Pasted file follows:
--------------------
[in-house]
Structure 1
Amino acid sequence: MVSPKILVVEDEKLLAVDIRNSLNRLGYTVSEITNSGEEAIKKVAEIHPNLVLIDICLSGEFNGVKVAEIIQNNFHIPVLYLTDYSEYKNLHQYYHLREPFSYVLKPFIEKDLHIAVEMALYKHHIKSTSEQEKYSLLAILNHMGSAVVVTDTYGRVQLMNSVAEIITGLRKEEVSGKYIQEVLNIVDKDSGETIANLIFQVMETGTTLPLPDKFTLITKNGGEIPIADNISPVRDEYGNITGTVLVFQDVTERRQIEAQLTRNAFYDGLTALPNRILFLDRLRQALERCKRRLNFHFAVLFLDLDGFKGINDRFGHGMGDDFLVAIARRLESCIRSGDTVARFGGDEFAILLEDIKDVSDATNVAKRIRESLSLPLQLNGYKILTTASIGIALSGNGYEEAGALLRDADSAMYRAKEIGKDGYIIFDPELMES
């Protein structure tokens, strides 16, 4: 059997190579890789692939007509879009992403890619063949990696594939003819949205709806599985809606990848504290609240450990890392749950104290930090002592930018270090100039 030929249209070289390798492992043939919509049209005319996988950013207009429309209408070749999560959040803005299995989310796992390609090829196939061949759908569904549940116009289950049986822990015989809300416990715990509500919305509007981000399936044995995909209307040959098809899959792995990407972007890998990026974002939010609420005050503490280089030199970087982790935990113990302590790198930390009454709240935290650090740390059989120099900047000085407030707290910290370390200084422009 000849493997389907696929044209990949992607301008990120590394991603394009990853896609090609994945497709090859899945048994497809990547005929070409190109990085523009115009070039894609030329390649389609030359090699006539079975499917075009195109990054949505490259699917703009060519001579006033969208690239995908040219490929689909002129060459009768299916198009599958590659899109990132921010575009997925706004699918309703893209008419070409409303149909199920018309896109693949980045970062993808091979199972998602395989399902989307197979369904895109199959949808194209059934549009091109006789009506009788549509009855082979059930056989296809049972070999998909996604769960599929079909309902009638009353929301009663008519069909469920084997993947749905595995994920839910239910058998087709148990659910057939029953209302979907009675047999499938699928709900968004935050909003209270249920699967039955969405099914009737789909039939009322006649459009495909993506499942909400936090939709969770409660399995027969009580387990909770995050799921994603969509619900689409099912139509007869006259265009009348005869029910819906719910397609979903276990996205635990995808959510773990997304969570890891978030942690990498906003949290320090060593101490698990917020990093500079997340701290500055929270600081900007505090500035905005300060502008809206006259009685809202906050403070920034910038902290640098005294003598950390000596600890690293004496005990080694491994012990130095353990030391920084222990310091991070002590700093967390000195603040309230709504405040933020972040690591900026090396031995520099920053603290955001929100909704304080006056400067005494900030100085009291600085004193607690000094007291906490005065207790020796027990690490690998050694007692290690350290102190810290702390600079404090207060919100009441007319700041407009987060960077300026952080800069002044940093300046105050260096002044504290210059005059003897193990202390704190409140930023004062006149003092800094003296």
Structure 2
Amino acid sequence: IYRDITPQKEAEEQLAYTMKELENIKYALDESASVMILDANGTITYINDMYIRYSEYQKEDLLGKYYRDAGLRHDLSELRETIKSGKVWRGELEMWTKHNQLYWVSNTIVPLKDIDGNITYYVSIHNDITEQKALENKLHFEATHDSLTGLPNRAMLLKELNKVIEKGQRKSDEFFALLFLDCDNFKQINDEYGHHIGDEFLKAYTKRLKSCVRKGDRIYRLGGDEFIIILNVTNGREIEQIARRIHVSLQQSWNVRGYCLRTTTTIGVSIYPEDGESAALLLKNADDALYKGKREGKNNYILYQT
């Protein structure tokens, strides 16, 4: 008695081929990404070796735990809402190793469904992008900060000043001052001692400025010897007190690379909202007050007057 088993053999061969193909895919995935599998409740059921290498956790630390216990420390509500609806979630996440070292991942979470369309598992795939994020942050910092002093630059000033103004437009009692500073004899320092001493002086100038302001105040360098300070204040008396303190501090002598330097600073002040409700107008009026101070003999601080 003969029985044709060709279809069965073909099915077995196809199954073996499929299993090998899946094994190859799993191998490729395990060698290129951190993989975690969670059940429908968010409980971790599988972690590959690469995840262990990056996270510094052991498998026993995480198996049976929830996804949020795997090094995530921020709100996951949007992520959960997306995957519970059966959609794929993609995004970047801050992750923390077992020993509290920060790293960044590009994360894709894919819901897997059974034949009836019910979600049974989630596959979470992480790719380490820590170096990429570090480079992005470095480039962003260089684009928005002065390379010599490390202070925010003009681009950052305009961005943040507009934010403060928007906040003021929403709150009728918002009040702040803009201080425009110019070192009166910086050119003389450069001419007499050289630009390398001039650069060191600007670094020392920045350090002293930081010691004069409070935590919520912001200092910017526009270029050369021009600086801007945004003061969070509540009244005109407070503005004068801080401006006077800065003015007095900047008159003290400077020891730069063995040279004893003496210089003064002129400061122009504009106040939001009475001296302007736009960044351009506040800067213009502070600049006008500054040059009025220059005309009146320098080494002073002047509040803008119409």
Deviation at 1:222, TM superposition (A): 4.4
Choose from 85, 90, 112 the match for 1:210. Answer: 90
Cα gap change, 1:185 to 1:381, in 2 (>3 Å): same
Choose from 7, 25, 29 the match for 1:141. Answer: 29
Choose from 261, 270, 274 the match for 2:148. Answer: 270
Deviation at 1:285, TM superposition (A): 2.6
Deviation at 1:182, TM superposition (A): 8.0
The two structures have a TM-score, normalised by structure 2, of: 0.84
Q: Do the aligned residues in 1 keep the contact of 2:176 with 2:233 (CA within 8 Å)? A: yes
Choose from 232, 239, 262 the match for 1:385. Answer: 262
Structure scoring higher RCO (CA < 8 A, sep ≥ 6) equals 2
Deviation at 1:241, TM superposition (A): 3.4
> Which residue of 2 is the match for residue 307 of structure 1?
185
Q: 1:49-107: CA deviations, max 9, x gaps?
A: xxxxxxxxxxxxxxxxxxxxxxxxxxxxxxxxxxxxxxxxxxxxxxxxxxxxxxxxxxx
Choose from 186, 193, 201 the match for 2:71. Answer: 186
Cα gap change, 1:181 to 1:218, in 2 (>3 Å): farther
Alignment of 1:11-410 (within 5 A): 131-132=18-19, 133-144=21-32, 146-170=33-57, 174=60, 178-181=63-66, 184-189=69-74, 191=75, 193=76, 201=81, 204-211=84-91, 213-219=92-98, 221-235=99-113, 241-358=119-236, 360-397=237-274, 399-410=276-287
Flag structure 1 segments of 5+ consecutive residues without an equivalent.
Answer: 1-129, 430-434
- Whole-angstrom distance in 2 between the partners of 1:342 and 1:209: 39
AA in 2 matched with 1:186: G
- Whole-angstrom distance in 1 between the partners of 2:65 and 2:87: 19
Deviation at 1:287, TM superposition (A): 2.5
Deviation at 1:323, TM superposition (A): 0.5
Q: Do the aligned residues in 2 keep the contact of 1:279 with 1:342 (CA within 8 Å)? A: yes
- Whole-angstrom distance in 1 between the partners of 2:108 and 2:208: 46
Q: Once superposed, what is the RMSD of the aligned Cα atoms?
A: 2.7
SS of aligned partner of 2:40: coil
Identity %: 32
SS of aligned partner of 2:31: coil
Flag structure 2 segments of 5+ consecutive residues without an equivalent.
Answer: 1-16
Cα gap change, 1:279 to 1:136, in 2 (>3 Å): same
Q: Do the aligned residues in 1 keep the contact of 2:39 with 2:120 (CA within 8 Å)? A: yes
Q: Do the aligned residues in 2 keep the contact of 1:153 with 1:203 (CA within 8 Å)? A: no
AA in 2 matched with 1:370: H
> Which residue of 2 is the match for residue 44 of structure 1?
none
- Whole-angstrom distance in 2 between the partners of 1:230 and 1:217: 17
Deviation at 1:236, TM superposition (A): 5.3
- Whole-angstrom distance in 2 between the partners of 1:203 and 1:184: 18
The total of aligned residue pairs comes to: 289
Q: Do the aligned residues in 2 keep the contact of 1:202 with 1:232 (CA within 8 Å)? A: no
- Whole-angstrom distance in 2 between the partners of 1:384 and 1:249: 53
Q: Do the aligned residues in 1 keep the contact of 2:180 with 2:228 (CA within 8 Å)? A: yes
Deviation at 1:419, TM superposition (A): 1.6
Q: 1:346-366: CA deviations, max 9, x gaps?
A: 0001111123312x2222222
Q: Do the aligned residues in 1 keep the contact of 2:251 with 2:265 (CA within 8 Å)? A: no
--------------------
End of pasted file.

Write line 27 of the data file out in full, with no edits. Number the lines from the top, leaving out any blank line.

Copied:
Flag structure 1 segments of 5+ consecutive residues without an equivalent.